Welcome to the latest edition of ‘Golden Vault’, where we delve into the annals of music to bring you a classic album. You’ll know some like the back of your hand and nothing of others. We hope to get you reacquainted with old friends and create new favourites. The album to be taken out of the Golden Vault for reappraisal this week is ‘Heartworm’ by Irish band Whipping Boy.
The perennial underdogs of Irish music, Whipping Boy are the kind of band you can’t help but love. Though immensely talented, a combination of record label difficulties, creative differences, substance abuse and mental problems meant they never reached the heights their talent warranted. But in spite of all the turbulence they still managed to record ‘Heartworm’; a dark and brooding masterpiece that easily ranks amongst the greatest Irish albums ever recorded.
Realised in 1995, the three singles this album produced alone make it an essential listen. First came Twinkle; a song that flows perfectly from its cello laden intro to its guitar driven crescendo. Lyrically the song describes the ‘flaws’ of the female disposition, the gorgeous chorus of “She’s the only one for me/Now and always” suggesting, though, that the singer’s relationship with womanhood is one of love/hate. This is in essence the theme that dominates the album; the volatile, complicated relationship between man and woman
It’s a theme that re-appears in somewhat controversial fashion on We Don’t Need Nobody Else, the second single from the album. A sparse, mostly spoken word number, it’s the painfully shocking lyrics that earned this song its notoriety. “I hit you for the first time today/I didn’t mean to/It just happened” singer Fearghal McKee laments. The band’s best song, the media furore surrounding its subject matter meant it didn’t get the airplay it deserved.
When We Were Young completed the hat-trick of singles; a nostalgic look at growing up in the ’80’s. The anthemic chorus reads like an extract from a Roddy Doyle book with McKee singing of flagons, shifting women and rubber Johnnies. All delivered in a think Dublin brogue, to anyone not born in Ireland it probably made no sense, but that only adds to the songs brilliance.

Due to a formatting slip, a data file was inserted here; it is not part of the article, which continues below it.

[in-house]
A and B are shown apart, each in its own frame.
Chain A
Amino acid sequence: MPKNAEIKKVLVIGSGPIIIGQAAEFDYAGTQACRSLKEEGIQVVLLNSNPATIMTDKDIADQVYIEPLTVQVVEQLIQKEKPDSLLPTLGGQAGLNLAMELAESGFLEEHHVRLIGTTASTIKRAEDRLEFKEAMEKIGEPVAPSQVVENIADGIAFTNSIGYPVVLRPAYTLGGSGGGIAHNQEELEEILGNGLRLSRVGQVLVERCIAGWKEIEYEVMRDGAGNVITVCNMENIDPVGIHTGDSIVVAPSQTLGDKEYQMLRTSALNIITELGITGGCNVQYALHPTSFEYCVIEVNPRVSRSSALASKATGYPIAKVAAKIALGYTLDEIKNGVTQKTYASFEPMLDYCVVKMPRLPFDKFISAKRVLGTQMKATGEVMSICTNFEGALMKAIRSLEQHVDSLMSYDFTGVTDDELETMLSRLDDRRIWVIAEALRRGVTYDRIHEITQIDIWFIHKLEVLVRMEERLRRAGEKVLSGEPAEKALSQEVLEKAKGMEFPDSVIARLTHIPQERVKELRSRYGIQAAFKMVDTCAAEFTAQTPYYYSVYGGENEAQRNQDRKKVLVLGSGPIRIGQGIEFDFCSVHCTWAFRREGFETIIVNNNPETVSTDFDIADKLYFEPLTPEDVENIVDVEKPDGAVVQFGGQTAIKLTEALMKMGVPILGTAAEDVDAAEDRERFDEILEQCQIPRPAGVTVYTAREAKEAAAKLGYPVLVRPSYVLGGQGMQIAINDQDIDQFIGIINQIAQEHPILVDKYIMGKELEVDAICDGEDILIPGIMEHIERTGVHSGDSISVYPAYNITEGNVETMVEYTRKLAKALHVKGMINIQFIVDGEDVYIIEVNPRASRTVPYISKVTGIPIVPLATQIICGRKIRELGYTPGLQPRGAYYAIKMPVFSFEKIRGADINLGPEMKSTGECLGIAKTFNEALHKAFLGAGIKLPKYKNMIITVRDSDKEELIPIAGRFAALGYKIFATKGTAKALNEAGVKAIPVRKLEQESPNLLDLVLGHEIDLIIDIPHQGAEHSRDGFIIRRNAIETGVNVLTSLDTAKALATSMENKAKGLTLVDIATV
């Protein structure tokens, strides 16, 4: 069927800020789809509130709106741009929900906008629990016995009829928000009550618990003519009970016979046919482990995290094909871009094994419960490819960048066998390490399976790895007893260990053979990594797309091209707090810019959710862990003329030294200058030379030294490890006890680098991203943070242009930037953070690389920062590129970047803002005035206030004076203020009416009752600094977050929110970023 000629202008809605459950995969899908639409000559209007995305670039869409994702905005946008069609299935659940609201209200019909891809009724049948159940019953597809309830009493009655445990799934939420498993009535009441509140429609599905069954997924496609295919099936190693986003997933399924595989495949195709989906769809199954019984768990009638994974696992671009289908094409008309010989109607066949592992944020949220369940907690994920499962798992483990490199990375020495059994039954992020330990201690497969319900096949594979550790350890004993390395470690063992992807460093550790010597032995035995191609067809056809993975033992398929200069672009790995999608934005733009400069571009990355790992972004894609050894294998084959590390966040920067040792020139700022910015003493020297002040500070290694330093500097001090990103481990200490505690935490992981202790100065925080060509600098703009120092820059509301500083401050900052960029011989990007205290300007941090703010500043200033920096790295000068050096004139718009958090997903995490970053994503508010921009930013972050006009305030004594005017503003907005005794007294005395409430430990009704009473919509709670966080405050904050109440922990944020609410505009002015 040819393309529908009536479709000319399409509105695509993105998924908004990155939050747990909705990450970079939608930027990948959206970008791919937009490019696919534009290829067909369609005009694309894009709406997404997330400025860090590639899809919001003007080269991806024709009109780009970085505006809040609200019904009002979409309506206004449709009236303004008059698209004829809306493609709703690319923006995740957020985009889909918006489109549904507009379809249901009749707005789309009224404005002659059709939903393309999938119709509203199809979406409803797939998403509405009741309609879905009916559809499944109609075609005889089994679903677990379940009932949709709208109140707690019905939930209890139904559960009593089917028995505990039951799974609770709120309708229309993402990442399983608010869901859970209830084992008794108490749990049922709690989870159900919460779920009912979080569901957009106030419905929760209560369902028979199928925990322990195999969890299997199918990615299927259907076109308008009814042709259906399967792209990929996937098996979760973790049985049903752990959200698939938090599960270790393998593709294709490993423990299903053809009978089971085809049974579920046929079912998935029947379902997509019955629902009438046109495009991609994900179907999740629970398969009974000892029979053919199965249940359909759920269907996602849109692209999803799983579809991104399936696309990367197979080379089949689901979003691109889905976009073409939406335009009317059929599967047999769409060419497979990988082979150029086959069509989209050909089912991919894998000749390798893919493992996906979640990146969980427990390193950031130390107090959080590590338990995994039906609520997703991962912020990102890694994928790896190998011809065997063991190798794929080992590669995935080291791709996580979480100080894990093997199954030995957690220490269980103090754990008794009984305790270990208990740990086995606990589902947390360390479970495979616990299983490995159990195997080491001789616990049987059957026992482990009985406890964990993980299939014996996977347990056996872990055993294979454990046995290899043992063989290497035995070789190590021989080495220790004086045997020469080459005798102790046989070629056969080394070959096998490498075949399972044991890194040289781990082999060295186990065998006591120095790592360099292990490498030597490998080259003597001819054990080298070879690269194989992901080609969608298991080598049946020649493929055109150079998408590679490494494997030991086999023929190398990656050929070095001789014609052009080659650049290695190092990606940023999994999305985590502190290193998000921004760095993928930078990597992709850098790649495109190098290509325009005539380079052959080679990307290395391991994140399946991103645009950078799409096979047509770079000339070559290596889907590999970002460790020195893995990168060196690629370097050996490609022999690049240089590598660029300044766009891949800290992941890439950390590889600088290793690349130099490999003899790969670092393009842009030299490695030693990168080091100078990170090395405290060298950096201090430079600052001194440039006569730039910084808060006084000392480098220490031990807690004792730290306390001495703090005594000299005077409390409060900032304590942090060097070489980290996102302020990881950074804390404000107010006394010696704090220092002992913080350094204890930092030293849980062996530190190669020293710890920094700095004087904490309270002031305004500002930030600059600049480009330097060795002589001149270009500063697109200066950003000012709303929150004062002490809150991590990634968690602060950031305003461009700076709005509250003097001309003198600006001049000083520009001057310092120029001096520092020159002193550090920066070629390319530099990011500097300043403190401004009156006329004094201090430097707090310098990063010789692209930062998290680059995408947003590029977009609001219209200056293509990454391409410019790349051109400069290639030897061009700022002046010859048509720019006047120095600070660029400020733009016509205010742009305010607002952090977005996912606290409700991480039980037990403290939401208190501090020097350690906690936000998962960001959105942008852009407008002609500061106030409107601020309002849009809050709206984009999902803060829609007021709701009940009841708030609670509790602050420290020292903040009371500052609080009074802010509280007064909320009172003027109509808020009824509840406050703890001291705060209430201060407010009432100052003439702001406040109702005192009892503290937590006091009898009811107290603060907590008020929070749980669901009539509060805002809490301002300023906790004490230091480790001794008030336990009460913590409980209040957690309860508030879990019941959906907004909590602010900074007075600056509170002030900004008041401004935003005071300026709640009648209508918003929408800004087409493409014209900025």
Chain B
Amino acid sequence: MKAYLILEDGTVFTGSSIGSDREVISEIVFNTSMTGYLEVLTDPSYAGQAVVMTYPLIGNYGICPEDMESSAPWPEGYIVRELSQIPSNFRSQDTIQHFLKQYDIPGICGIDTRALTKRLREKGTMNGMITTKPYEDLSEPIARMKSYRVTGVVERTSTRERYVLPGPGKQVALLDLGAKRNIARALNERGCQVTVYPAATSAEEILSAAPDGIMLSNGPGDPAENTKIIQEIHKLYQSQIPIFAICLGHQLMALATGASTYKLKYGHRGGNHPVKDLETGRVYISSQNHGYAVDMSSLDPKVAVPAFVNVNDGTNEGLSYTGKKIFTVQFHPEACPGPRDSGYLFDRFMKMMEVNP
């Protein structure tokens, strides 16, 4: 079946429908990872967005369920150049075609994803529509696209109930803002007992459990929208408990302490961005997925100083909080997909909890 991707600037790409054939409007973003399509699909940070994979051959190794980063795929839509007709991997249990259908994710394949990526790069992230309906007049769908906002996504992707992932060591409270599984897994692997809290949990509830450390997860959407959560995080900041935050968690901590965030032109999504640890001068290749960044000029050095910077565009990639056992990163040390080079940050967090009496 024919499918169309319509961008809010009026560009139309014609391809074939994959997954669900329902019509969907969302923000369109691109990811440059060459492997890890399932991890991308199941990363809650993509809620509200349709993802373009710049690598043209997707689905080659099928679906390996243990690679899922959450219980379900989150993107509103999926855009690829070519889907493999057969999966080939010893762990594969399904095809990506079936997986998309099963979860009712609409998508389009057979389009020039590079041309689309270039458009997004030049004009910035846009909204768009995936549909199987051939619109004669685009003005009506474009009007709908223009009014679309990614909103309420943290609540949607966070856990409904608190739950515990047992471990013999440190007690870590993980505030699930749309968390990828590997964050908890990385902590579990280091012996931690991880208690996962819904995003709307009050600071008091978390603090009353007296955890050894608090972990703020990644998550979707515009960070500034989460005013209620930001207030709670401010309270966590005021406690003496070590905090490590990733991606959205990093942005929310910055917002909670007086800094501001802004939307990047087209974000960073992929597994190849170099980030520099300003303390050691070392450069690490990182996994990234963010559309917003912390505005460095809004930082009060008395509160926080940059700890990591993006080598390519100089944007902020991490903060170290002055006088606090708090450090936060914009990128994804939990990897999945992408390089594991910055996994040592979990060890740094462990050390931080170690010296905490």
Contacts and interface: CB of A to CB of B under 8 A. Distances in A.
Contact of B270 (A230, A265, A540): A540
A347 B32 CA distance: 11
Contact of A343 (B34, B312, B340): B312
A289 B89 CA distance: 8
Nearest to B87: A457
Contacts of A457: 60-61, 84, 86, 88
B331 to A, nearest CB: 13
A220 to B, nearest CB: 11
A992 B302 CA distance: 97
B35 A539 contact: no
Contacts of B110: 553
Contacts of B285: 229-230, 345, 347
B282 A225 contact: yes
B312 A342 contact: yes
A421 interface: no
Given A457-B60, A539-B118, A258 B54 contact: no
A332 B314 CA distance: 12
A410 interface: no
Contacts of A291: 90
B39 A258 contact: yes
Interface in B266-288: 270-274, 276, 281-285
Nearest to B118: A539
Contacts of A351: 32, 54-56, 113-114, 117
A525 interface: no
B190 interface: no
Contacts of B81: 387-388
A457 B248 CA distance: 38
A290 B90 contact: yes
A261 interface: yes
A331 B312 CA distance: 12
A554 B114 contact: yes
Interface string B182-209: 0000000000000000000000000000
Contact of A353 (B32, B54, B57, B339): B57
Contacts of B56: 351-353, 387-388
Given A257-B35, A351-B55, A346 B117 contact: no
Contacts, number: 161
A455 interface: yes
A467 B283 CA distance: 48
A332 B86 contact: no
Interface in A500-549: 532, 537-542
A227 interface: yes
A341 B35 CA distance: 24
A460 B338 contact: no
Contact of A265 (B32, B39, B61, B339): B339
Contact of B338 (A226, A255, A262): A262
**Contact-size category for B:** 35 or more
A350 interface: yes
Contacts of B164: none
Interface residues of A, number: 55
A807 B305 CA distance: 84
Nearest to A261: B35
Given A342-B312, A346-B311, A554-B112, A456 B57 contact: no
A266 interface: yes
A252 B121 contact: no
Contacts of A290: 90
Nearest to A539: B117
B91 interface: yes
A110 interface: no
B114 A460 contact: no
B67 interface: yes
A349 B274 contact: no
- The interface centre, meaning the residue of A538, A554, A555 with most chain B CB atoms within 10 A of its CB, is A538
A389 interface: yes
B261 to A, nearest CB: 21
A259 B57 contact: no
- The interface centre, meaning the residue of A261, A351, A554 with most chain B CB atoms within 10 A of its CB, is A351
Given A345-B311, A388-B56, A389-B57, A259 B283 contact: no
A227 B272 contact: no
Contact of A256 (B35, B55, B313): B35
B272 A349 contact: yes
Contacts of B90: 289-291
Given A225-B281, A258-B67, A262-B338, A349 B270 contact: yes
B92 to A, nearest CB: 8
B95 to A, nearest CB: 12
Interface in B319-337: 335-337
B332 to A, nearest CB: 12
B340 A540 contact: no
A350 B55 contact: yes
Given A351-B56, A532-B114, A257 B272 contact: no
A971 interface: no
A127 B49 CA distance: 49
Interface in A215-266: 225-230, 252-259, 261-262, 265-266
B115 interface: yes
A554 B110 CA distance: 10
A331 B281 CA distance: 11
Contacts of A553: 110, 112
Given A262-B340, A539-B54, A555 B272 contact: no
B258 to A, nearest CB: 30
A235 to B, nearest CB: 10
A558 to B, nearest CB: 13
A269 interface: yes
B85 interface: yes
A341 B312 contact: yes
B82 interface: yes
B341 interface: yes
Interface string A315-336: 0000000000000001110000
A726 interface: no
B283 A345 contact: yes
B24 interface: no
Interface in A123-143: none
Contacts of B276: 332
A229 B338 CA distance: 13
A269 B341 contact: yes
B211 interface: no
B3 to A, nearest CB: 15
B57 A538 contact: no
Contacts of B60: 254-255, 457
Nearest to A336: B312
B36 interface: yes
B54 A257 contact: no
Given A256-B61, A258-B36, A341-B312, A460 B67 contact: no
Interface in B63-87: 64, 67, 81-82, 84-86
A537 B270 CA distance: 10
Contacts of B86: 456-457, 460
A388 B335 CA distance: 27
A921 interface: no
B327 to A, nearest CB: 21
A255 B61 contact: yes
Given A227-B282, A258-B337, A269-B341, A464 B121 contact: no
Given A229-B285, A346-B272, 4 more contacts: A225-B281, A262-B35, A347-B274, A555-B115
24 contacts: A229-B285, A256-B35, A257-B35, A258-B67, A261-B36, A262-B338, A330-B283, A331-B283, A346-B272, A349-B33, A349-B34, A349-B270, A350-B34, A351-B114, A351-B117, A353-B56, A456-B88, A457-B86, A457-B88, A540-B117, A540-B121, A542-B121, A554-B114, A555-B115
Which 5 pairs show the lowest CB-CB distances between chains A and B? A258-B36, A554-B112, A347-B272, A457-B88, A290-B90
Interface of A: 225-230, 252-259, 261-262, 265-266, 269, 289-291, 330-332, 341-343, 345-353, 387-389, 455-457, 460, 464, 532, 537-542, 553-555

The rest of the album more than matches the quality of the singles, the band moving from abrasive guitar heavy numbers Tripped, Users to moments of subtle calm Morning Rise, A Natural. They even fit in a straight up pop song with Blinded, a track that really should have been released as a single. Throughout, McKee is the star of the show, as good a lyricist as this country has ever produced he lays his soul bare tackling subjects as morose as domestic violence and mental health.
Lauded by critics upon release ‘Heartworm’ was for the most part ignored by the public. It was simply a case of wrong place, wrong time for Whipping Boy. Arriving just as Britpop was about to explode, this album’s dark energy didn’t sit well with the ‘mad for it’ vibe of Oasis, Blur et al. The lack of commercial success hit the band hard; with a prolonged period of inactivity leading to the band parting ways in 1998. They quickly regrouped, with a new album arriving in 2000. With Ireland experiencing a period of unprecedented economic prosperity, their cynical outlook seemed more foreign than ever and the comeback was duly ignored. More break-ups and reconciliations would follow but mainstream acceptance never came, their career proving that talent doesn’t always equate to record sales. But while Whipping Boy wilted over time, their magnum opus has not. ‘Heartworm’ sounds as fresh today as when it was released. A stunning album and one that deserves a place in every Irish music fans collection.
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